Unstirring the Himalayan Pot of Mashed Mountains
Majestic Mt Jomolhari
This article by Terri Schneider is the last in a series of articles from Expedition Bhutan, a six-week adventure and cultural journey through Bhutan, which is reputed to be the happiest country on Earth. At 24,034 feet, Mt Jomolhari is the second highest peak in Bhutan and straddles the border of Tibet. It is believed to harbor the five protector goddesses of both countries. Though climbing mountains in Bhutan has been prohibited since 1994 due to local spiritual beliefs, there are still intermittent attempts on Jomolhari from the Tibetan side.
Royal Body Guards Join the Team
At our first meeting in Paro we were stunned when the President of the Bhutan Olympic Committee, His Royal Highness, Prince Jigyel Ugyen Wangchuck, offered us members of his staff and army, including two Royal Body Guards, for the duration of our journey. Tinley and Kinzang "Pury" were gracious, humble, playful and in charge—all the while packing pistols under their trekking shirts. Here they are wearing their traditional ghos at the Tashigang Dzong Tsechu (Buddhist Festival).
Life in the Wild
Our trekking days in Bhutan included five to eight hours on the move, followed by tea and a hearty meal of rice, vegetables and various types of meat. Each evening we'd join our hard working and cheerful army staff to gather wood for the nightly bonfire. We'd share songs and perhaps some ara (local rice wine) offered as a gift from a nearby village. Camp could be a stunning spot, similar to the Hetch-Hetchy look-a-like in the photo, or infrequently, a small bug-infested clearing.
A dzong is a fortress in a strategic and majestic location, overlooking a town or village or at the confluence of two rivers. They contain regional monastic communities and local administrative offices. Dzongs generally include a tower, courtyard and buildings all surrounded by sloping walls, and are considered to be the architectural masterpieces of Asia. The Trongsa Dzong (pictured) in central Bhutan is the largest in the country.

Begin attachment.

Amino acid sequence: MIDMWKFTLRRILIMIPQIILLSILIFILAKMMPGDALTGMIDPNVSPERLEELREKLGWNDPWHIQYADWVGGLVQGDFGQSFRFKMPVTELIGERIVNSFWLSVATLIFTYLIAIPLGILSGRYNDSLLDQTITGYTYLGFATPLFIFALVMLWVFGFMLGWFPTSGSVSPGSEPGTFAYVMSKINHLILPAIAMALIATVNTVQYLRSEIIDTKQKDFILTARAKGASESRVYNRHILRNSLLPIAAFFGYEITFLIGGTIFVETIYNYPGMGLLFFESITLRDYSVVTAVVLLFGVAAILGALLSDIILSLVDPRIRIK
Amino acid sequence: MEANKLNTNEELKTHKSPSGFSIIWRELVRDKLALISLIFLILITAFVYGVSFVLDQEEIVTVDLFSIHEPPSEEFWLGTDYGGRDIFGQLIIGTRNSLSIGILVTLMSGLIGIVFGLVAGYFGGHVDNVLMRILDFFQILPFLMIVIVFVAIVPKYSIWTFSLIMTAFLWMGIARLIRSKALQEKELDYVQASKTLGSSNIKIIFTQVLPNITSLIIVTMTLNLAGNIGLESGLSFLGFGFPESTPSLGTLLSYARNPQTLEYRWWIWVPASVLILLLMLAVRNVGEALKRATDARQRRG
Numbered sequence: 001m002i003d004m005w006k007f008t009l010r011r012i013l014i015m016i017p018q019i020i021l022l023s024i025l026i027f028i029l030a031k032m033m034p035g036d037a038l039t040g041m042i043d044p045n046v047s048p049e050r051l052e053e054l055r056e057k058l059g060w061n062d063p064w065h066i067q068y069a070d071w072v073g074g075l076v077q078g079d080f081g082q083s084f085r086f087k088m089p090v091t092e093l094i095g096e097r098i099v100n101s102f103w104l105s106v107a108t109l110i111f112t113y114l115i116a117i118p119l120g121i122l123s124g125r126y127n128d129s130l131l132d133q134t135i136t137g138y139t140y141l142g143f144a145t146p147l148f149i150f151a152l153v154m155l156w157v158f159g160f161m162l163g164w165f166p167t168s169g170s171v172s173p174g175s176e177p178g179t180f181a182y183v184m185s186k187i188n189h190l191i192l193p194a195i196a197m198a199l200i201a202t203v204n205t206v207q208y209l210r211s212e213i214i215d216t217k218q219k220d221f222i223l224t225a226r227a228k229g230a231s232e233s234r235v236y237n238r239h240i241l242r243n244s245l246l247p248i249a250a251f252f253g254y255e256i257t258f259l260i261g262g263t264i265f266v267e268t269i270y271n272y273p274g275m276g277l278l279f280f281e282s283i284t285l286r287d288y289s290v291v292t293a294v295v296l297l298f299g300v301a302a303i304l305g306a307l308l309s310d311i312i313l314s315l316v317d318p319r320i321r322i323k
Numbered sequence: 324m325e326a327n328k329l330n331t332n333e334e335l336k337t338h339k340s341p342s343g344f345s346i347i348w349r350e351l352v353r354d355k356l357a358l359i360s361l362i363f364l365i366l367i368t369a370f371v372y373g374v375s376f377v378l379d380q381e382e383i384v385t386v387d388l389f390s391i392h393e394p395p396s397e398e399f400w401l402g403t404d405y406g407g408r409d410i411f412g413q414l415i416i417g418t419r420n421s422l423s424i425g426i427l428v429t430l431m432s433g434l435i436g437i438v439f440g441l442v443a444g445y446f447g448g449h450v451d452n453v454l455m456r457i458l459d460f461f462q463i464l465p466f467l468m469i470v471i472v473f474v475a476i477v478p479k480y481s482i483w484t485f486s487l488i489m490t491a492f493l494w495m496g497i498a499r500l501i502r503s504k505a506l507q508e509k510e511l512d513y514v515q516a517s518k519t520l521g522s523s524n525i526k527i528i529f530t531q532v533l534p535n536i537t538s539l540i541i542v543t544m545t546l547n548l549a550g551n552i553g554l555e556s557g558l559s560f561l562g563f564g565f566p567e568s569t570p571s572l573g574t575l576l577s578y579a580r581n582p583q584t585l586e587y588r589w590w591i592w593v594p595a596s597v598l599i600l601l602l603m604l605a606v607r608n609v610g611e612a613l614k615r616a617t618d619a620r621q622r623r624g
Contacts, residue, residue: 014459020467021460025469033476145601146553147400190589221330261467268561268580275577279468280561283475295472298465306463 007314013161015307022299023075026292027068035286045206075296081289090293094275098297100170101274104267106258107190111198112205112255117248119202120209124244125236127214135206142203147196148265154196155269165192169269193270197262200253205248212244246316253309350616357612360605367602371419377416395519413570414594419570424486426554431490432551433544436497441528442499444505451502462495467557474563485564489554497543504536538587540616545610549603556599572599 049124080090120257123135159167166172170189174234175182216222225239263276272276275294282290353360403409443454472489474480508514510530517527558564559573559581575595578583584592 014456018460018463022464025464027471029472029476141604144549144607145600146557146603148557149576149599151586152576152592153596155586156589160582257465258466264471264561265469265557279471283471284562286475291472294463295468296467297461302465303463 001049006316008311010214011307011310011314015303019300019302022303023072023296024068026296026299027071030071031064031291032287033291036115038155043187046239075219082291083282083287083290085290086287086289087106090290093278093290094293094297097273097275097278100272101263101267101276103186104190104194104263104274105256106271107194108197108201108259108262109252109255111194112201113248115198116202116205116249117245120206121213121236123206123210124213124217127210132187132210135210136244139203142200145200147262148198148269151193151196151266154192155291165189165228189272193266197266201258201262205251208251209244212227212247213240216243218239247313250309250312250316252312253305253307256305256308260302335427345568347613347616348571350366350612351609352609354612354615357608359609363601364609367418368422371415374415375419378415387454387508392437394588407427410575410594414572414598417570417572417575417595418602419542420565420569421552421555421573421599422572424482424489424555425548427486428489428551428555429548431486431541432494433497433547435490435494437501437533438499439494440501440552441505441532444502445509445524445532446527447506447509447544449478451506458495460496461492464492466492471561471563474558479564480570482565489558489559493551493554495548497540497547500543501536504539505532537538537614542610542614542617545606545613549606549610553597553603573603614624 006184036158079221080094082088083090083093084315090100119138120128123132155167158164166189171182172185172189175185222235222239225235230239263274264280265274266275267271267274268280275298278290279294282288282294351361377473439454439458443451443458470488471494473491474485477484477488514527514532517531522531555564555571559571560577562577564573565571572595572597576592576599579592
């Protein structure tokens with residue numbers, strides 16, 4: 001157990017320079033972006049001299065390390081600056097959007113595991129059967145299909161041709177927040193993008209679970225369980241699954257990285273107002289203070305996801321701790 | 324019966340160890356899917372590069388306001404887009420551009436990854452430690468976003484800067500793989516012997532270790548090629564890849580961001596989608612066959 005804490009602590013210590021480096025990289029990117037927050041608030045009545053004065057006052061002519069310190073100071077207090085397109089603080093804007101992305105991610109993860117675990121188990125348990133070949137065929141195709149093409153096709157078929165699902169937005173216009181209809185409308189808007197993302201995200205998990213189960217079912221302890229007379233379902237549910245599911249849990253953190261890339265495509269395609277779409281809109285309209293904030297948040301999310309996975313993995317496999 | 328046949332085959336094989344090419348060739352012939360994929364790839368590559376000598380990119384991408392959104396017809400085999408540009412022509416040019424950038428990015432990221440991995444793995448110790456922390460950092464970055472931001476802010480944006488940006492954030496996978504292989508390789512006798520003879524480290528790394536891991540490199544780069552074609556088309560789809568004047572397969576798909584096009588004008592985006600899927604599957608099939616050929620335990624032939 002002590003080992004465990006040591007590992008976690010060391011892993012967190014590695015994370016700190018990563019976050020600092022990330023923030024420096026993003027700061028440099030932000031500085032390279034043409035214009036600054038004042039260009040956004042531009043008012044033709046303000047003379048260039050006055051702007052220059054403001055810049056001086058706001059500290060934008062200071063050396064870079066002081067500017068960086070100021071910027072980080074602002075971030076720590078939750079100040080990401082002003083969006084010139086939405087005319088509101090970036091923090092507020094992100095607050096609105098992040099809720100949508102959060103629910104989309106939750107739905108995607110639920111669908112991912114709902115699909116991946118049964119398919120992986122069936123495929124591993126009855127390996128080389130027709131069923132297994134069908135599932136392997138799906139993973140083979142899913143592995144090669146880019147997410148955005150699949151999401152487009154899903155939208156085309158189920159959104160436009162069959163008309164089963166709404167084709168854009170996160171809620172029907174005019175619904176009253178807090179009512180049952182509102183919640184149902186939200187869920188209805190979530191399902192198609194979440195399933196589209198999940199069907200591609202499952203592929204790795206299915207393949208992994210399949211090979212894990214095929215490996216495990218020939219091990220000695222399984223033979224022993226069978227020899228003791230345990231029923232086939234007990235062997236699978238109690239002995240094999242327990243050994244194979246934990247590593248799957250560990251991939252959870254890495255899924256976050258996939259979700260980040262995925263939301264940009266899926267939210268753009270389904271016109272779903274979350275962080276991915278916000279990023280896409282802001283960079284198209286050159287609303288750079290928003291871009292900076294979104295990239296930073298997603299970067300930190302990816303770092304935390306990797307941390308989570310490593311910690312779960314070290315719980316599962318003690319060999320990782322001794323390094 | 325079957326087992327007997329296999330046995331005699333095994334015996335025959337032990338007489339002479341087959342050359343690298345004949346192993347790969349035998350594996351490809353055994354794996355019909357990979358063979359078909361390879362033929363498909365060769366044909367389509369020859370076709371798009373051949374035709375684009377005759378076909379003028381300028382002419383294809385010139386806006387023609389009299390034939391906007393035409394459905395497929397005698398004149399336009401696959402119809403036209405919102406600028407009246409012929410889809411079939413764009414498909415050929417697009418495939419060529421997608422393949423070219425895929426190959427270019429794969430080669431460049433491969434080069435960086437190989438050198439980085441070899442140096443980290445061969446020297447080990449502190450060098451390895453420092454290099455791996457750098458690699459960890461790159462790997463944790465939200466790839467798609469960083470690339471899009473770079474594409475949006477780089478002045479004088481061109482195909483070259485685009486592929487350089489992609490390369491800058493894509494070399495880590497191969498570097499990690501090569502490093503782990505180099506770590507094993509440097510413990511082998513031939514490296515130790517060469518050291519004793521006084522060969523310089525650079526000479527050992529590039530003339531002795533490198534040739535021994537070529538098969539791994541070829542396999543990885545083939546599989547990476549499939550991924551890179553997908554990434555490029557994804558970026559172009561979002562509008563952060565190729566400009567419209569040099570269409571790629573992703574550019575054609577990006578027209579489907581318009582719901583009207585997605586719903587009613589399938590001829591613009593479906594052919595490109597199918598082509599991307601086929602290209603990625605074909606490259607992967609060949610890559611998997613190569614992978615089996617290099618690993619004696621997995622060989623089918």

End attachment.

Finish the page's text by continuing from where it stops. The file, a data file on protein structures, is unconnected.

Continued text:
Traveling the Rodang La
The Rodang La route runs from central Bhutan in the Tang Valley area to Tashi Yangtse on the eastern border. It is famed for its rocky and steep ups and downs, its infinite vistas and for the nomad huts along the route. Each two story hut has a ladder, an upper living space, an outer "deck" and a lower area for storing crops or to shelter animals from the cold.
The Land of Chilies
Chilies are a mainstay of every Bhutanese meal and are prepared in various forms—hot, cold and dried. I suspect that Bhutanese mouths and intestinal tracts have evolved to take on the chilies as they range from very hot to scorching hot. Chilies are grown and harvested and are then dried on the roofs of people's homes or out in an open space on bamboo mats.
Bhutan's Many Layers
The landscape of Bhutan is layered. Not just in how the earth is stacked from river bed to mountain top, but in how the air moisture plays on these stacks, the range of colors and the widely varying temperatures. Vertical or horizontally strung prayer flags are omnipresent and usually mark that you either have arrived at "a top" of some sort or a monument to the deceased, or are in a windy area.
The Tashigang Festival
Our day off in Tashigang in eastern Bhutan for their Buddhist Festival was far worth the 70,000 feet of elevation gain, cycling and trekking to arrive. These social bonding events involve ceremony, lore, twirling colors, rich sounds of drums and instruments and voices. The elaborate costumes made this our most memorable reprieve.
Bhutan's Rare Wildlife
Northern Bhutan is rife with 23,000 foot snow-capped peaks and glaciers but has very few animals. Topping out at almost 17,000 feet on one of the six passes in our initial trek, a Himalayan griffon decided to touch down for just a couple seconds as we were celebrating our arrival. These birds are in the vulture family, weigh up to 26 pounds, can have a wing span of up to 10 feet, and are known to be quite fierce if you mess with them during a meal.